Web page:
Joumana Seif is a good listener. The 52-year-old Syrian lawyer and women's rights activist doesn't fidget, her eyes focus patiently and it is easy to understand why women are able to open up to her.
"I've always fought for women's rights," Seif told DW in Berlin. Even back in the 1990s, when she worked at her family's successful Adidas franchise in Damascus, she was already focusing on staff welfare and supporting women in their positions.
However, those days now seem like a lifetime ago.
In 1994, her father, Riad Seif, spurred by the huge success he was having with his business, entered the political stage as independent member of the Syrian parliament. But his criticism of the corrupt elite and calls for economic reforms weren't received well by then-President Hafez Assad.
'It was a very difficult time for us'
Riad Seif and his family started to be increasingly in the focus of the security forces. In addition, production materials for his factory were withheld, and eventually the company had to be sold.
"I understood that I needed to know more about the law, to be able to defend my father and to join the fight for human rights in Syria," said Seif. With the support of her mother, who helped with her three young children, Seif started studying law at Beirut Arab University in 2003.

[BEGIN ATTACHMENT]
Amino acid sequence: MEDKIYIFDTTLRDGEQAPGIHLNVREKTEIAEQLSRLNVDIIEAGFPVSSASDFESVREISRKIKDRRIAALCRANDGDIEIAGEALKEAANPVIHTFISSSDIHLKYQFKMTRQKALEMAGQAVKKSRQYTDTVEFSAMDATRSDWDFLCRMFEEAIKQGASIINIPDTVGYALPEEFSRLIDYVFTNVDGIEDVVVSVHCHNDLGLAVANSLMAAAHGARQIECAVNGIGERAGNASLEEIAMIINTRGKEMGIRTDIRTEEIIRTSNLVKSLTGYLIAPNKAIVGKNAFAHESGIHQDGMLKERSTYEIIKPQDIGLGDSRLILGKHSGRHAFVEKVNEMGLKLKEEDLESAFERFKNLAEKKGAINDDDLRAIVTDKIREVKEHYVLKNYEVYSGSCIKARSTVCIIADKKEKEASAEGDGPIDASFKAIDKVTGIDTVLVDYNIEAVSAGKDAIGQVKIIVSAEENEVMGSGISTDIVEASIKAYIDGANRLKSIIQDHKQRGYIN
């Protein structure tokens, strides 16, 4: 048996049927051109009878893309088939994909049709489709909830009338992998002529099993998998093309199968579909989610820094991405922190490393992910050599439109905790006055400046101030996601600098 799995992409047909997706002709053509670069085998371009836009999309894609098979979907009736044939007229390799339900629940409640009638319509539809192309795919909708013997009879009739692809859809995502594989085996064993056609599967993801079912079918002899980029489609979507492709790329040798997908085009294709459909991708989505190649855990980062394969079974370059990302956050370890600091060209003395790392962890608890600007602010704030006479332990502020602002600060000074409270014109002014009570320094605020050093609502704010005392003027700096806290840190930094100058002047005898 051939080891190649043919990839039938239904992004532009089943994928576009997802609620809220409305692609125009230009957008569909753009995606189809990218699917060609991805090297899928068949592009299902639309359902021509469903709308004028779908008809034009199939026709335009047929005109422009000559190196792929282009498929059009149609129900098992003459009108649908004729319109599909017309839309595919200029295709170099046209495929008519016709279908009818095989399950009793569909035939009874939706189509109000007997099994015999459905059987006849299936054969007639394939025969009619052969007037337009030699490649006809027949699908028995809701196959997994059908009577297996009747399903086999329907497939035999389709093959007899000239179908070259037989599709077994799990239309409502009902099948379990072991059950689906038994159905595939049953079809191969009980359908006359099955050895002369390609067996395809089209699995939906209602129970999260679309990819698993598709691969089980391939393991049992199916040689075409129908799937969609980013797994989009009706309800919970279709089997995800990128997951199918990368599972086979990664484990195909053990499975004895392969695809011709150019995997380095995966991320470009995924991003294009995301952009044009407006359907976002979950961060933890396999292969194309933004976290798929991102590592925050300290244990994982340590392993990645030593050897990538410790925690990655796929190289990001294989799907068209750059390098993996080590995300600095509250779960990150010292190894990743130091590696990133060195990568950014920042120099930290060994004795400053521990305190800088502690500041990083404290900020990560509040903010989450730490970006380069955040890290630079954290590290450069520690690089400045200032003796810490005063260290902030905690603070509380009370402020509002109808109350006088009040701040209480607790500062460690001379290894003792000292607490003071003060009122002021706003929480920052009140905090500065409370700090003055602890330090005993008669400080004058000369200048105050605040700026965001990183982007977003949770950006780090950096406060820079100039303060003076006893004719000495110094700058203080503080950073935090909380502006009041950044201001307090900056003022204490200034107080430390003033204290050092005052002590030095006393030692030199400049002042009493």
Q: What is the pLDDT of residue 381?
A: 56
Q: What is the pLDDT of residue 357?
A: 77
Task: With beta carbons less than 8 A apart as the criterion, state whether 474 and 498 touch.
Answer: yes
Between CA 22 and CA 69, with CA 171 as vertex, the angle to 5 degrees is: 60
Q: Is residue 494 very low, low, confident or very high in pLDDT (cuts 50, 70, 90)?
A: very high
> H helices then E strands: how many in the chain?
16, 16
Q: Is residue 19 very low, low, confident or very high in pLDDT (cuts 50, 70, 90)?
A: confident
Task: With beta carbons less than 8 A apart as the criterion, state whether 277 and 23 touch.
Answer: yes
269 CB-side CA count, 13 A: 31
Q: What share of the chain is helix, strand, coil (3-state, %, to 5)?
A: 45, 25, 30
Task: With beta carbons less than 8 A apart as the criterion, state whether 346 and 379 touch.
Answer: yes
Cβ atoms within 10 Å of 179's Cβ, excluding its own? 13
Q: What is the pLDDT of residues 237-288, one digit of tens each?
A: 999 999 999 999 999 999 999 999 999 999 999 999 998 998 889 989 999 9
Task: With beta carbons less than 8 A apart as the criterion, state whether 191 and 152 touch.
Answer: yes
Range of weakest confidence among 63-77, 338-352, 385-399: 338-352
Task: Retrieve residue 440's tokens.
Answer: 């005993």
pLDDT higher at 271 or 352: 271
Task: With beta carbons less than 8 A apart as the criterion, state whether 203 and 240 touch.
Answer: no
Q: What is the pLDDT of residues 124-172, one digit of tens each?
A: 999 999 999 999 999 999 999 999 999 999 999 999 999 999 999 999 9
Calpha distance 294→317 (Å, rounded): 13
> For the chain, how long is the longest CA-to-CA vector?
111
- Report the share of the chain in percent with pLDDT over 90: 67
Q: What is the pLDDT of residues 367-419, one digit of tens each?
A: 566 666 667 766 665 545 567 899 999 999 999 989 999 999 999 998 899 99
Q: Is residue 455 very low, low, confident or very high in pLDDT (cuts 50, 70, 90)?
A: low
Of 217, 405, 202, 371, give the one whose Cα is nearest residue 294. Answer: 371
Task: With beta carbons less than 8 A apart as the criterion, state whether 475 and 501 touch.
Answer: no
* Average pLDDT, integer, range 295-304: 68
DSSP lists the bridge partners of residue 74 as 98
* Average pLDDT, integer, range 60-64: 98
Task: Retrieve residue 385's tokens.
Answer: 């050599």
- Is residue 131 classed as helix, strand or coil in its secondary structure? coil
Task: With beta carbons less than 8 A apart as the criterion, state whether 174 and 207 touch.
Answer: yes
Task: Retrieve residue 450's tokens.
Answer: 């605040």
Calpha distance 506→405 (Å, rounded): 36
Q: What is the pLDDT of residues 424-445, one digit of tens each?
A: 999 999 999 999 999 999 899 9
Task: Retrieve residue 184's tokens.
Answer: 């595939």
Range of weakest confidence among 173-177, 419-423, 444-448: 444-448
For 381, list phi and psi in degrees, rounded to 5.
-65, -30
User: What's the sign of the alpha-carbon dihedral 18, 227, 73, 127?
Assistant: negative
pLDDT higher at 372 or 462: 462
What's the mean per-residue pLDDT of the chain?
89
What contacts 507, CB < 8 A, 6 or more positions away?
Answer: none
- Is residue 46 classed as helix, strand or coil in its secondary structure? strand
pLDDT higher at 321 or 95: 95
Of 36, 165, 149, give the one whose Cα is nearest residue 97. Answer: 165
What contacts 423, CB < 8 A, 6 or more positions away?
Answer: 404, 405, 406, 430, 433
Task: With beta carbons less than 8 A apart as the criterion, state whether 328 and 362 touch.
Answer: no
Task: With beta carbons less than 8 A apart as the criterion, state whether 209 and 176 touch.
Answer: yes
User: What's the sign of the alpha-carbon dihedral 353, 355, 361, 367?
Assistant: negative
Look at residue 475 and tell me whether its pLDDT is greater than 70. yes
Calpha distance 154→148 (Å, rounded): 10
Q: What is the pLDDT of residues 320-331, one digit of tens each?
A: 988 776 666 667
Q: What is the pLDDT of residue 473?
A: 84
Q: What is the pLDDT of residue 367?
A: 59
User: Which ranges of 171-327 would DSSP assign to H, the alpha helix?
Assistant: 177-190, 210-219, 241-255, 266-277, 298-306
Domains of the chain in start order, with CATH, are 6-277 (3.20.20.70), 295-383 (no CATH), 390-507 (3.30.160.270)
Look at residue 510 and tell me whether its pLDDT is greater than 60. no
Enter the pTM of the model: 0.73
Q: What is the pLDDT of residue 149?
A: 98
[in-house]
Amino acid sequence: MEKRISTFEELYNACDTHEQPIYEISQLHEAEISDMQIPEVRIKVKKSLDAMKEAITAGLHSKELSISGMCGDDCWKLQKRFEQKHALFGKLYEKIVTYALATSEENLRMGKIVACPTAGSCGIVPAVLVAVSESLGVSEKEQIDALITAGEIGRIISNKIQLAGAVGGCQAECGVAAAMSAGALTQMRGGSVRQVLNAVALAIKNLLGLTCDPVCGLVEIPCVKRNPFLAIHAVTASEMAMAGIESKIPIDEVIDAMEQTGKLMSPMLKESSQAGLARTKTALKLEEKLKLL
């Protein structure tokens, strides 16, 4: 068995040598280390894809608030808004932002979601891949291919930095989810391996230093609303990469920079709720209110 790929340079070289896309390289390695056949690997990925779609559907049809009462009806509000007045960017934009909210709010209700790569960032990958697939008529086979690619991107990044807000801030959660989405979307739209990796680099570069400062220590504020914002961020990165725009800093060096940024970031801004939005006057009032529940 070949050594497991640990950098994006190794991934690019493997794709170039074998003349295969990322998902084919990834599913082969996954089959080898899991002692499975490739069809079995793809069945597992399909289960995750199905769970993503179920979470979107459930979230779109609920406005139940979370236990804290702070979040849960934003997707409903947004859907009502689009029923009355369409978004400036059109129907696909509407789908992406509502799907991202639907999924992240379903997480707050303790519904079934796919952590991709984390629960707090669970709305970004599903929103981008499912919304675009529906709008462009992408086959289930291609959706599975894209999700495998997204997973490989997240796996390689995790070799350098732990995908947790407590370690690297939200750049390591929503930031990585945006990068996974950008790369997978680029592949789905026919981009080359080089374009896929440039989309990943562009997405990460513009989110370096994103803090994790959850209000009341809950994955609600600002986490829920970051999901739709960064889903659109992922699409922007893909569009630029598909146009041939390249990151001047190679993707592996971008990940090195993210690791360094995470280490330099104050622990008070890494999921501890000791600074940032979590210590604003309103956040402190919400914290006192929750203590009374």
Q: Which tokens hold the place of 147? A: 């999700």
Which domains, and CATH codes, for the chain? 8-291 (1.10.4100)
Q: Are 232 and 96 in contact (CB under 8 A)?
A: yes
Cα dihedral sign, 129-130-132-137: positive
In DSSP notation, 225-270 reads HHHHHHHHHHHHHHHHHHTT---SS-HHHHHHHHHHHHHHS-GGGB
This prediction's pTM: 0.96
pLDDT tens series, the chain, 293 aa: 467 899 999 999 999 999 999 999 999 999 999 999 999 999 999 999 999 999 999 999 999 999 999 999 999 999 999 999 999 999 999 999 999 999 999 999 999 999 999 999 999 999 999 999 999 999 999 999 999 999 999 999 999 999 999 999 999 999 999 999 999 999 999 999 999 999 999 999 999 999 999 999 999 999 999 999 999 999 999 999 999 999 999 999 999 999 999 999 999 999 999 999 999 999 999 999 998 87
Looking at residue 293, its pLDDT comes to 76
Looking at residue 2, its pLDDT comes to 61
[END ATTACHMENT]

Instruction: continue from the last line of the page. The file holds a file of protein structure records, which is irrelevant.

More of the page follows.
By the time of her graduation in 2007, Seif had long become politically engaged herself. After the Syrian strongman Hafez Assad died in June 2000, she joined her father's regular "Damascus Spring" meetings with other members of the political opposition in his living room in Damascus. Shortly after, the group founded the National Dialogue Forum, an initiative for political change and freedom in Syria.
However, the initiative was soon without a leader: In September 2001, after Riad Seif had called for an end of the monopoly of the new President Bashar Assad's ruling Baath Party, he was sentenced to prison.
Joumana Seif became his sole connection to the opposition. "It was a very difficult time for us," she said. "We were almost isolated, under pressure from the security branches and scared that they would take us to prison as well," she said, adding that she "wouldn't be able to repeat this kind of life."
However, along with the increasing crackdown against dissidents by the new president, her father became more and more recognized on the international stage. In 2003, Joumana Seif traveled to the German city of Weimar to receive the Human Rights Award on his behalf.
But upon her return, their life in Syria didn't get any easier.
"In March 2007, I was arrested at a demonstration with many of my friends. They pushed us onto a truck and scared us by accelerating and braking hard," she said, adding that "they eventually released us with the warning that next time we will go to prison." Those words carried two meanings: the threat of being behind bars for years or forever, and that of sexual violence.
Leaving home for Berlin